The national security law is now active in Hong Kong, and it affects every traveller to or through the region.
If you criticise China’s government, or support the Hong Kong pro-democracy movement, you technically could violate this law. Whether this occurs online, within Hong Kong, or anywhere else, you may be held accountable if you travel to Hong Kong or transfer via the city.
During a time when travel is depleted, international borders are closed for visitors as countries frantically try to control the coronavirus.
But in Hong Kong, things have been a little different. Despite being only four hours away by train from Wuhan, China – ground zero of COVID19 – the city has endured a low amount of infected cases. And because of that, other issues in the former British colony have taken hold.
The pro-democracy protests that rocked Hong Kong for months on-end from June 2019 have faced a backlash, prompting Beijing to announce a new controversial law upon the city.
The national security law is now active in Hong Kong, and it affects everyone travelling through Hong Kong.
The national security law has been implemented upon Hong Kong because of widespread protests of 2019 and 2020. Beijing wants to stop that happening in the future.
Hong Kong was promised a high degree of autonomy for 50 years during the handover from Great Britain to China in 1997. It currently has its own judicial system, currency, and limited freedoms unseen in the Mainland of China.
After only 23 years, the new law is in place, it essentially allows Beijing to pass local laws. Many now see Hong Kong as part of China’s rule once again, and its core freedoms taken away.
Key points of the national security law
- Crimes of secession, subversion, terrorism and collusion with foreign forces are punishable to a maximum of life in prison
- Damaging public transport facilities can be regarded as terrorism
- Inciting hatred against the Chinese Communist Party Central Government is prohibited
- Popular pro-democracy slogans such as ‘Liberate Hong Kong, Revolution of our Times’ are now banned
- Court cases can be heard behind closed doors within the city or can be sent to Mainland China for trial – where judicial systems are not independent and more controlled by the State
- Hong Kong Police have more licence to search properties without a warrant, restrict suspects travel movements, freeze assets, intercept communications and require Internet providers to remove online information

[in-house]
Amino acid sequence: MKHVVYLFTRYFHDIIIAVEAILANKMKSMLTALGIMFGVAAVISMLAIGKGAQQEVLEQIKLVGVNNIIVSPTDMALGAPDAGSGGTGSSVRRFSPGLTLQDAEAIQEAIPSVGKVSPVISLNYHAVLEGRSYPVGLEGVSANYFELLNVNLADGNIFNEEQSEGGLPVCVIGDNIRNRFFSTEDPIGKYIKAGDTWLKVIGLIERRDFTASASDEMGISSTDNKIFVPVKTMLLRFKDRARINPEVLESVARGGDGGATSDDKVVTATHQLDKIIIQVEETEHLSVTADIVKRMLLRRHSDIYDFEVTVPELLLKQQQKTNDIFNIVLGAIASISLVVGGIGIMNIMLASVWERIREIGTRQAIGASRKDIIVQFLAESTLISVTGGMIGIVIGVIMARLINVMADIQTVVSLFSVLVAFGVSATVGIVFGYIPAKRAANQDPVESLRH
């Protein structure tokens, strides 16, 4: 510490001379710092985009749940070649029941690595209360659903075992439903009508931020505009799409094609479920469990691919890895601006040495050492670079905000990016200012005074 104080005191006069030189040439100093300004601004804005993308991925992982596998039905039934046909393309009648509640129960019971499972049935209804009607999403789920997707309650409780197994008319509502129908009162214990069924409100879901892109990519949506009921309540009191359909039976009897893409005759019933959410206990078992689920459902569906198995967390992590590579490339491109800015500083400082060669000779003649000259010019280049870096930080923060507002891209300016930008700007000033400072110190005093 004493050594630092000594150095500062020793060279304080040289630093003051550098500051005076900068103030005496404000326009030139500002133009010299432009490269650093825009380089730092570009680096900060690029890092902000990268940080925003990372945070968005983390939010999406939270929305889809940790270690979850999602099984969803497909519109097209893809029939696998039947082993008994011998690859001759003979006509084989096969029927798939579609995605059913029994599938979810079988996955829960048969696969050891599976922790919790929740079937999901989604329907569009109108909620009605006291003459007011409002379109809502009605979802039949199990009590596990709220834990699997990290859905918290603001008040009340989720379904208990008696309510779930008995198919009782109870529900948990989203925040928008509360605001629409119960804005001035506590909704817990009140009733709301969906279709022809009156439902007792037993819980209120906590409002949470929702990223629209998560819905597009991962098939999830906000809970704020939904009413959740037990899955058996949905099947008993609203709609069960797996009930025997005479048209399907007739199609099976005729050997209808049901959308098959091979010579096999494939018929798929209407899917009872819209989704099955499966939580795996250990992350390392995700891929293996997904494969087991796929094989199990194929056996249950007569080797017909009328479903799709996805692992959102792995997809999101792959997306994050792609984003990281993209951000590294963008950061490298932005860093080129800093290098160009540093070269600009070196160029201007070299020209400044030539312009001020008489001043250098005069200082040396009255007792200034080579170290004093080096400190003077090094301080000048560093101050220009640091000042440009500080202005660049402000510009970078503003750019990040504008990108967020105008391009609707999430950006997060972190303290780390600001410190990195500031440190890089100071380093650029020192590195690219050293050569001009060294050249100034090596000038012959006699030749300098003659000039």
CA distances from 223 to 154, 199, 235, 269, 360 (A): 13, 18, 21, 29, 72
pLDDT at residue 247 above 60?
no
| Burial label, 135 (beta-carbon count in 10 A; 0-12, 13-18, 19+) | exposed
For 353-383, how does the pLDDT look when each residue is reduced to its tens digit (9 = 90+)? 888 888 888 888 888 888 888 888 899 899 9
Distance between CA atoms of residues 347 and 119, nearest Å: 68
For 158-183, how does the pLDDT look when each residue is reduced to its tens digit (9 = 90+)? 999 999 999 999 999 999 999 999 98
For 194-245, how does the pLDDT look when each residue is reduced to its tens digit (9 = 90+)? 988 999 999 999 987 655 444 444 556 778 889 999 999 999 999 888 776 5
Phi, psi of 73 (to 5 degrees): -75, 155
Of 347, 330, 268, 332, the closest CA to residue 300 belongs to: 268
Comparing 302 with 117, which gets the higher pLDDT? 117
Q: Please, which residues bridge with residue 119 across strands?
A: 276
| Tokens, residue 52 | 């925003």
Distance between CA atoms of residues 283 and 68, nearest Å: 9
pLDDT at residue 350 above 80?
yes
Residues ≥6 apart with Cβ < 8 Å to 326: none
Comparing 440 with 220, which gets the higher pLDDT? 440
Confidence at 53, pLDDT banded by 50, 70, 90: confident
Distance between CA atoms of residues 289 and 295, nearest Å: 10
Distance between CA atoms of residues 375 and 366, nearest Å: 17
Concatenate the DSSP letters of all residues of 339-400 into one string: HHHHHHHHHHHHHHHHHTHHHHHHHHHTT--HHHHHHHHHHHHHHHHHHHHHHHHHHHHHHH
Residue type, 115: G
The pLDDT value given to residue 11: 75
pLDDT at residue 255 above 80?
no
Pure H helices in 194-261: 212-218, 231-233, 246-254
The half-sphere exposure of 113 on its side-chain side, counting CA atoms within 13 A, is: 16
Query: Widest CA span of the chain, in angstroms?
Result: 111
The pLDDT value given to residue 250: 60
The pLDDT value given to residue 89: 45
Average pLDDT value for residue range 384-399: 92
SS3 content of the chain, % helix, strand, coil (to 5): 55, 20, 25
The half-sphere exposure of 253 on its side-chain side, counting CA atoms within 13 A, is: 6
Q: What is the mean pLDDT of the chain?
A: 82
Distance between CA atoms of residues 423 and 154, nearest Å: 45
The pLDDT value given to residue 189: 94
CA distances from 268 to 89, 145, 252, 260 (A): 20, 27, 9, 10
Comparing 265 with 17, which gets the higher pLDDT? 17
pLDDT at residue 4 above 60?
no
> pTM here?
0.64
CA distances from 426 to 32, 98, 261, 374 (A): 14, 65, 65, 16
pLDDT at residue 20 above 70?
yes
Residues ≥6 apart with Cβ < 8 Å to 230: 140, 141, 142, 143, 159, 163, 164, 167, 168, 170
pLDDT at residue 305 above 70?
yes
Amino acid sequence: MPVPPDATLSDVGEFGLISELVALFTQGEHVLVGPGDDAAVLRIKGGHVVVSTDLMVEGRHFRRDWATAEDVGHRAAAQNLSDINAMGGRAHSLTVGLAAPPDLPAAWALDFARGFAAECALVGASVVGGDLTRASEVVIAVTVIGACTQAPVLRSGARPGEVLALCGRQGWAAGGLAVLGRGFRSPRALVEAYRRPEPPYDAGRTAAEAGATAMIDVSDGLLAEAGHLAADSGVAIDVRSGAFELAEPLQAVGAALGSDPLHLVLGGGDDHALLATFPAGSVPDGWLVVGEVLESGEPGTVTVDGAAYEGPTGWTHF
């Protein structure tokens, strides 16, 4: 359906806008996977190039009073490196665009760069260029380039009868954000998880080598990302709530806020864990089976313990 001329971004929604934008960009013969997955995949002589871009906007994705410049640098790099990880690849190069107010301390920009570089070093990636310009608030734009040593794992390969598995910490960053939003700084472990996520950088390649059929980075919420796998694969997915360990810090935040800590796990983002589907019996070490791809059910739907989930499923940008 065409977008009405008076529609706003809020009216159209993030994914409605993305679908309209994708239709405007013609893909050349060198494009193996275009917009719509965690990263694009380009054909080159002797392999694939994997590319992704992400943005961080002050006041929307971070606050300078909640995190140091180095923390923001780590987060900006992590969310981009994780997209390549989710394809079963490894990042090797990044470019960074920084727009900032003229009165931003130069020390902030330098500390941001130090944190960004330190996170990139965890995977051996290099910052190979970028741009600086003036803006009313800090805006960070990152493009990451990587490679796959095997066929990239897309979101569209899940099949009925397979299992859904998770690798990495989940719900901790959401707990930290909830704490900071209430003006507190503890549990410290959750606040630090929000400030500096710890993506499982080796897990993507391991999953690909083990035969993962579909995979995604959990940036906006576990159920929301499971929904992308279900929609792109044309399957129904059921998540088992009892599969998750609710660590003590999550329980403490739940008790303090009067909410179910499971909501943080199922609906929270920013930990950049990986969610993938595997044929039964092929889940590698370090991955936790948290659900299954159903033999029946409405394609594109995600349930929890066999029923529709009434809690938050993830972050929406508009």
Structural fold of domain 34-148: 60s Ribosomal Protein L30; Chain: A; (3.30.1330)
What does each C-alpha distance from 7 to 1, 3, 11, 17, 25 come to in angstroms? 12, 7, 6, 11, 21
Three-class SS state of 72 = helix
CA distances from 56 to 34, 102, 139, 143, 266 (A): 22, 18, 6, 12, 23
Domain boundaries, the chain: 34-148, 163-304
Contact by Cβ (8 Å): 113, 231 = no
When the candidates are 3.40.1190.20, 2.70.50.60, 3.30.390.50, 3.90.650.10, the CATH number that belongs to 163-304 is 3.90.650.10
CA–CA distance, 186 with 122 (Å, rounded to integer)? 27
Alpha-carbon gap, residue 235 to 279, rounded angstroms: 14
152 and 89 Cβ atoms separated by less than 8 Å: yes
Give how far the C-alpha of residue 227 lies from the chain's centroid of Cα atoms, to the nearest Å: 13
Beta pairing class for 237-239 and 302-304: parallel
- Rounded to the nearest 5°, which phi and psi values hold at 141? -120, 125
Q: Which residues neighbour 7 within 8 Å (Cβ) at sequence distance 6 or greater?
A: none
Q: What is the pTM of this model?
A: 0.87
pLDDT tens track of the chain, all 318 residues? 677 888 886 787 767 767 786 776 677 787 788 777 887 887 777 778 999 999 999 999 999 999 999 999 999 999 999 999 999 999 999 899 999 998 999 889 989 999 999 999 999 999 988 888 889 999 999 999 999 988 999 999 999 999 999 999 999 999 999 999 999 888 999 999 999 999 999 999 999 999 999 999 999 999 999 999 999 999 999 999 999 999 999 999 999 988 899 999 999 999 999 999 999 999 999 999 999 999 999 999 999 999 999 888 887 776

- Most worryingly, the laws don’t have boundaries of extremes. Beijing will decide how each law and potential crime is interpreted
This law affects everyone, including travellers
The national security law will also apply to non-permanent residents of Hong Kong.
What that means in short is if you criticise China’s government, or support the Hong Kong pro-democracy movement, you technically could violate this law.
How the law has changed the protests
When the national security law was announced recently in May, street protests ensued, continuing in June and July. But, the big events that made headline news worldwide only lasted for a few days in total. This was a sharp contrast to the regular demonstrations taking place in 2019.
Large-scale demonstrations are not expected for now, although demonstrations may arise during the political elections, beginning on September 6th.
What NOT to do in the new Hong Kong
Because the law can be broadly interpreted, it’s difficult to know what limits it holds. As a visitor it would be advised to now take the following precautions:
- Avoid the areas of demonstrations
- Do not chant any politically motivated slogans
- Exercise caution if within the vicinity of protesters and police
- Refrain from taking photos of protesters and police
- Do not carry or take any protest political material with you
- Do not incite hatred online about political events, or authorities connected the Chinese Communist Party, including on social media
- Always carry your passport
- Keep a low profile and avoid confrontation
Official government warnings about travelling to Hong Kong
In reality, the new national security law isn’t expected to affect visitors to Hong Kong once the city reopens. Experts agree the law wouldn’t affect everyday tourists with no political involvement or profile.
But that hasn’t deterred countries like the United States and Australia for warning their citizens when travelling to Hong Kong.
The U.S. Travel Department of State lists Hong Kong’s status at Level 2: Exercise Increased Caution – ‘due to civil unrest, risk of surveillance, and arbitrary enforcement of laws other than for maintaining law and order.’
Australia has warned its own citizens with a travel advisory via the Smart Traveller website, noting that ‘You could break the law without intending to.’